Thyroid Nodule: Friend, Foe, or Remnants of a Lost Twin

Last time on “The Days of Our, Young and Restless, Thyroid Lives” – Chrissy starts to suspect the worst when a sketchy-ass radiology tech won’t let her look at the screen during the ultrasound. When the results come back CSI fast, she waits, nervously as her doc delivers the news from the other end of the phone line.

The thyroid nodule was bigger and badder than they originally thought. When the doc felt my delicate and sunspot-free neck with his hands in the office, he estimated it was about 1 centimeter. The ultrasound showed that it was more than twice that size, about 2.6 cm, and had some “irregular characteristics.”

“The reason it feels like you are swallowing around a marble, is because you kind of are,” the doc told me over the phone. “I’d like to refer you to a Ear, Nose and Throat specialist.”

The crazy thing was, by this point, the sensation of the “marble” was completely gone. My throat had loosened back up, and I felt all-in-all…normal.

So against all advice, I began Googling the crap out of “thyroid nodule”, “thyroid cancer”, and “Is 2.6 cm big?” (That last one had some interesting results.) All the stats, random studies and medical jargon left my head spinning. I called to make an appointment with the ENT specialist to find out he was booked solid for more than a month out. Ugg.

If you are reading this as a patient or caregiver, here comes my unsolicited advice. You MUST, through all of this, be an ADVOCATE for yourself. Even if you have the most amazing medical team on earth, I can promise, no one cares more about you and your health than YOU. That being said, you ALWAYS get further with some sugar and spice. Here are some easy-to-do practices that worked for me:

  1. Remember that the receptionist, scheduler, secretary, who ever answers the phone when you call, is the GATE KEEPER! The docs may get the credit, but the front desk RUNS that office. Always be pleasant and thankful, even if they are not pleasant to you.
  2. If you need something, try to be part of the solution from the beginning. Example: No appointments available for a month or more, but you’d like one sooner. Try this: “Thank you. Can we go ahead and book that? I understand you are very busy. What is the best day/time to call and see if you’ve had any cancellations sooner than my scheduled appointment?” AND/OR “Could you make a note in my file, that if you have any last minute cancellations, I can make myself available for same-day appointments, and be here within an hour of your call?” When I’ve used these, along with my unwavering manners and charm, I have a 100% success rate of getting an appointment sooner than the one I originally scheduled. I’ve found as soon as the gatekeeper realizes that you are committed to getting an earlier appointment, and not a complete asshole (for lack of a better word), often times an appointment will magically appear.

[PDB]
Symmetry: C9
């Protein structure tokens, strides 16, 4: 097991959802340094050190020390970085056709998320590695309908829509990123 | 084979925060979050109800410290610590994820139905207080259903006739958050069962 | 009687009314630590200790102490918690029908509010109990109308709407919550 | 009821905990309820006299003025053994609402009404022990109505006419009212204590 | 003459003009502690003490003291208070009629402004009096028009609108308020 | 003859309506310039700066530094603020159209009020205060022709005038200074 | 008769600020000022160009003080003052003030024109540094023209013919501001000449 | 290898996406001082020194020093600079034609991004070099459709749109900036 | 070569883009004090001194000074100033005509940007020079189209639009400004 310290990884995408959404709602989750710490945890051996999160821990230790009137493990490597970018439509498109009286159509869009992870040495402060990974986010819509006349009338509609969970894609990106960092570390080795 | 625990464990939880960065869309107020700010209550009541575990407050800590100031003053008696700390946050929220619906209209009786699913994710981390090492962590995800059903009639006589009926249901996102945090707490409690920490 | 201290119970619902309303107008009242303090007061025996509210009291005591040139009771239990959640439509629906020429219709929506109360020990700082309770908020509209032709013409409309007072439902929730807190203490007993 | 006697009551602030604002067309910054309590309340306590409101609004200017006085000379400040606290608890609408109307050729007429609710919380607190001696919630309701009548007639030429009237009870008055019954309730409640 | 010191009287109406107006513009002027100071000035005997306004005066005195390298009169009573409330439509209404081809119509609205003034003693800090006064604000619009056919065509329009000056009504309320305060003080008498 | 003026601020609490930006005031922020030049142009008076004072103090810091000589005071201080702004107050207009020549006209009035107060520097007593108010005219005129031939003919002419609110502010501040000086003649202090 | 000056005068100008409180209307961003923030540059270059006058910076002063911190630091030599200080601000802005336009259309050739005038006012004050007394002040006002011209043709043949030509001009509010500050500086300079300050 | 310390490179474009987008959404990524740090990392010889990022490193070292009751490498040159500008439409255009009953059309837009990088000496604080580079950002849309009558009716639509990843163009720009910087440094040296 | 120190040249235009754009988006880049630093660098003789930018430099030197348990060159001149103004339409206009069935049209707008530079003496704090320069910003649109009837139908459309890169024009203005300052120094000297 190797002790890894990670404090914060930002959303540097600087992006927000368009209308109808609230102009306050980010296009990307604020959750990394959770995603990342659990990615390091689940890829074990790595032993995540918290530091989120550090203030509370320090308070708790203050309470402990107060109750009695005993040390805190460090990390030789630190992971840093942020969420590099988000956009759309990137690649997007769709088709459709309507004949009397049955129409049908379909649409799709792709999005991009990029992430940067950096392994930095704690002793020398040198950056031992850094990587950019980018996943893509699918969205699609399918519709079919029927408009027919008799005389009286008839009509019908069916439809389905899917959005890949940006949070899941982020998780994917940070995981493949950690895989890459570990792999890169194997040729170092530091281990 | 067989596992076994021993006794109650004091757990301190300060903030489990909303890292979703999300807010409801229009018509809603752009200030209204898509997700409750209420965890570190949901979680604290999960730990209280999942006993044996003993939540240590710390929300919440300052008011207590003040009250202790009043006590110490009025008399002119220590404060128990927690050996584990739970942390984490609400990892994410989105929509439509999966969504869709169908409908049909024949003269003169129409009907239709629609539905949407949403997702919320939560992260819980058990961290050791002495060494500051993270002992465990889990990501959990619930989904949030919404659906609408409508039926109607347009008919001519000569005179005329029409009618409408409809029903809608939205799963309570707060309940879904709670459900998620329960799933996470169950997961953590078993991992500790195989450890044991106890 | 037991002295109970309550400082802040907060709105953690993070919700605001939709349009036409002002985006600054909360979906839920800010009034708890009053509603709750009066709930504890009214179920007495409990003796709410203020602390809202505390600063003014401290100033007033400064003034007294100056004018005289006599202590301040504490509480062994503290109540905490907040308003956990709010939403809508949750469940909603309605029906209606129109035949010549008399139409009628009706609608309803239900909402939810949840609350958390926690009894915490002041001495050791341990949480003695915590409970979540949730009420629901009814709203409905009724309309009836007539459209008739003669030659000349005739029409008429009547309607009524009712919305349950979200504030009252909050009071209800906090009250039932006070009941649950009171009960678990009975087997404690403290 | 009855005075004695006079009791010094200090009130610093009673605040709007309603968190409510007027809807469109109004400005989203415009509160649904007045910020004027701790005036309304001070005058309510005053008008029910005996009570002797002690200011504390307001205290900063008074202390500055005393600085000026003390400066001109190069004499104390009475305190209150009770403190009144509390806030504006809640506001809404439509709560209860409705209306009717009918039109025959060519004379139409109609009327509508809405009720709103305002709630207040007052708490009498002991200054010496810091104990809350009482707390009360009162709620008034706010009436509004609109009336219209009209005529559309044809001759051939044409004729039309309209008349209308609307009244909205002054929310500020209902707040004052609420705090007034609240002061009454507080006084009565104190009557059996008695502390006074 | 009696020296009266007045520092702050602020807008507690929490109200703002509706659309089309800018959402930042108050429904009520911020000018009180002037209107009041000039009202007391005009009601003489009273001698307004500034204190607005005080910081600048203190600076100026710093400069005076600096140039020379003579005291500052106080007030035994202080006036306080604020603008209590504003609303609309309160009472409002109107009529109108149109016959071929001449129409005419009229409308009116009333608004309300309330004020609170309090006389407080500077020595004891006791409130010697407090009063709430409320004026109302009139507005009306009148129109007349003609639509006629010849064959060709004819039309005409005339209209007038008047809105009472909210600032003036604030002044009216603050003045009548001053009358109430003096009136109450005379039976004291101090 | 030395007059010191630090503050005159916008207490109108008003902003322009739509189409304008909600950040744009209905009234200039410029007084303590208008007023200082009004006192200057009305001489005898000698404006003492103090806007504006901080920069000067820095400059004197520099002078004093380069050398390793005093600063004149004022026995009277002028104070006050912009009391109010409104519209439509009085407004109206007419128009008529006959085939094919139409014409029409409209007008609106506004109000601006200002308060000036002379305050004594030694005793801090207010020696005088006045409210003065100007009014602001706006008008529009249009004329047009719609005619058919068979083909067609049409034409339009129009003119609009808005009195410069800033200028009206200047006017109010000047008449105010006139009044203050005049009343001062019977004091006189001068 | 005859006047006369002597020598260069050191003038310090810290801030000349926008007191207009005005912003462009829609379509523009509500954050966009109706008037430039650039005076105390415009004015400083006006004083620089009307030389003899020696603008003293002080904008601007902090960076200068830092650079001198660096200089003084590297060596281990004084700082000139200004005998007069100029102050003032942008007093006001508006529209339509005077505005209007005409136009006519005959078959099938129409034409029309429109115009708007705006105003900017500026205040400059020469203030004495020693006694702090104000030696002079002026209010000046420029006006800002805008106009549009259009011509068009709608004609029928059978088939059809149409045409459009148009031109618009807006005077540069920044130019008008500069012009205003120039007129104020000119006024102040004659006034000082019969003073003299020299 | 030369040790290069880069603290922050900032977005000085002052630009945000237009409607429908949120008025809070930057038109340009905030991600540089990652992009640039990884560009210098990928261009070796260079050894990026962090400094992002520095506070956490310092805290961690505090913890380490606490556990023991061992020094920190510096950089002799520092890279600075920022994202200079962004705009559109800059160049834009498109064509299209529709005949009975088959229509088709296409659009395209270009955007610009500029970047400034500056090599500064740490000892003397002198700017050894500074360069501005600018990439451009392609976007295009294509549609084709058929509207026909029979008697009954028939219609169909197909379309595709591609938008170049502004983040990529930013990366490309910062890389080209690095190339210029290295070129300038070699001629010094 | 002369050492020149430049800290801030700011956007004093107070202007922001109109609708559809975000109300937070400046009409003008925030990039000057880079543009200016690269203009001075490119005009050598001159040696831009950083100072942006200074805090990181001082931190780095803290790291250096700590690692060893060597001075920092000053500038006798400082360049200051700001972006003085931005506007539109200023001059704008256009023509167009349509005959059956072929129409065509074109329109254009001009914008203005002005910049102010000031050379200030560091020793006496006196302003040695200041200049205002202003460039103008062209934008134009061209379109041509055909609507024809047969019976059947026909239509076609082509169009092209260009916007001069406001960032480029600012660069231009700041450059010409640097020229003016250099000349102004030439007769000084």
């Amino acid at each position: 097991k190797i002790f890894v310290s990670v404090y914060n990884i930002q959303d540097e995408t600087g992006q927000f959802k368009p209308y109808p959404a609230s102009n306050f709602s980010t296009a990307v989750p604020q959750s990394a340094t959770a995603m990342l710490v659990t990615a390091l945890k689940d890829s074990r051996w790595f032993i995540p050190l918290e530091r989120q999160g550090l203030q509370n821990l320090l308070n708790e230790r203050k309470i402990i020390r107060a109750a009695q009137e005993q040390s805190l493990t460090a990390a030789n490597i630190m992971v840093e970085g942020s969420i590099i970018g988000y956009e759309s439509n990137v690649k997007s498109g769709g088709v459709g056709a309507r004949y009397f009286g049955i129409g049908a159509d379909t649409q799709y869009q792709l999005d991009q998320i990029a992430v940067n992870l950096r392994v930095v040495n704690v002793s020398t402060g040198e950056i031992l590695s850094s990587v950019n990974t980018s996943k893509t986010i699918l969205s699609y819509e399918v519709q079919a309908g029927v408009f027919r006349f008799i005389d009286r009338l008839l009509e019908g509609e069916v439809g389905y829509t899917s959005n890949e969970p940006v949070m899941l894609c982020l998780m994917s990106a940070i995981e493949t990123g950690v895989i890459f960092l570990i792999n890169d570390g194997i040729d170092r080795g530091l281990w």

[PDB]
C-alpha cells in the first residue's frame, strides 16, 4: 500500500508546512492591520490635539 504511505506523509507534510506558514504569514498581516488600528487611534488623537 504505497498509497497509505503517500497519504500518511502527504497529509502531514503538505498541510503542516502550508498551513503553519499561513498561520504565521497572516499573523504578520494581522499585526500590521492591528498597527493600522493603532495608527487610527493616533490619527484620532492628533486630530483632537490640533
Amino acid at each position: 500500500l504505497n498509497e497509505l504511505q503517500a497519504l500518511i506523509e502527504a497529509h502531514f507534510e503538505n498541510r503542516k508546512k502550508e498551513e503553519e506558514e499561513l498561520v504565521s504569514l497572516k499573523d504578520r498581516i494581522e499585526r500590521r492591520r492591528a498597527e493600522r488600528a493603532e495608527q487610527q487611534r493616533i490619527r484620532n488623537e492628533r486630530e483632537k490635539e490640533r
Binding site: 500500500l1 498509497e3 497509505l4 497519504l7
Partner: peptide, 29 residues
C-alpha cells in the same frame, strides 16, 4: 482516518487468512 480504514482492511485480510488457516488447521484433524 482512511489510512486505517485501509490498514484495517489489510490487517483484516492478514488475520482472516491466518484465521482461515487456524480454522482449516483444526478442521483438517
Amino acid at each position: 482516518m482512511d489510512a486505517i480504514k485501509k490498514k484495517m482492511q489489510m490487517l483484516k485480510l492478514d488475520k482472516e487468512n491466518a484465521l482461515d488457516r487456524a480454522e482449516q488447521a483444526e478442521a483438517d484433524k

3. Write down your Qs for the doc, nurses, and medical staff. I know you’ve heard this one, but here’s where it’s really helpful…also write down the ANSWER when they give it to you. There will be so much information thrown at you it’s hard to keep track. There is also something hypnotizing about that white lab coat. (Yum.)
  4. Be someone that someone wants to help. I have NEVER had to be nasty to anyone to advocate for what I needed during my treatment. If I was ever too sick, weak, or out of sorts to speak for myself, my husband was prepared to do it for me, in the same style.

Ok, down from my soapbox, and on with the story.

When I did finally get in to see the ENT specialist he read my ultrasound results verbatim, right off his computer screen. They meant absolutely nothing to me. But about 60 seconds later he’s talking about surgery, the risks, and the statistical chance that this is Cancer.

“I’m sorry, doc. I think you got a little ahead of me. Could you break it down a bit?”

He immediately noticed his error and backtracked.

“The mass shows calcifications and it’s own blood supply. These characteristics give us more concern that this may be cancer, about a 1-in-4 chance. I’d like to order a fine needle aspiration biopsy (FNA) to see what we can find out,” he said. “However, no matter the results, I would still recommend surgery to remove, at minimum, the mass and that side of your thyroid.”

My mind kept replaying that word. Biopsy. Biopsy. But it replayed as the crazy aunt in My Big Fat Greek Wedding. “Bee-bop? Ba-bop? Bi-Bop-See! And when they did the bi-bop-see, they found little teeth and hairs. Inside the lump…was my twin.”

So we scheduled it. Not 3 weeks out, which was originally quoted to me, but using the techniques I outlined above, I was back at the hospital for my FNA just 2 days later. That biopsy was a son-of-a-gun.

But more on that next time.

Thanks SO much for reading! If you’ve enjoyed it or found it helpful, please feel free to comment, share, follow, or all 3.

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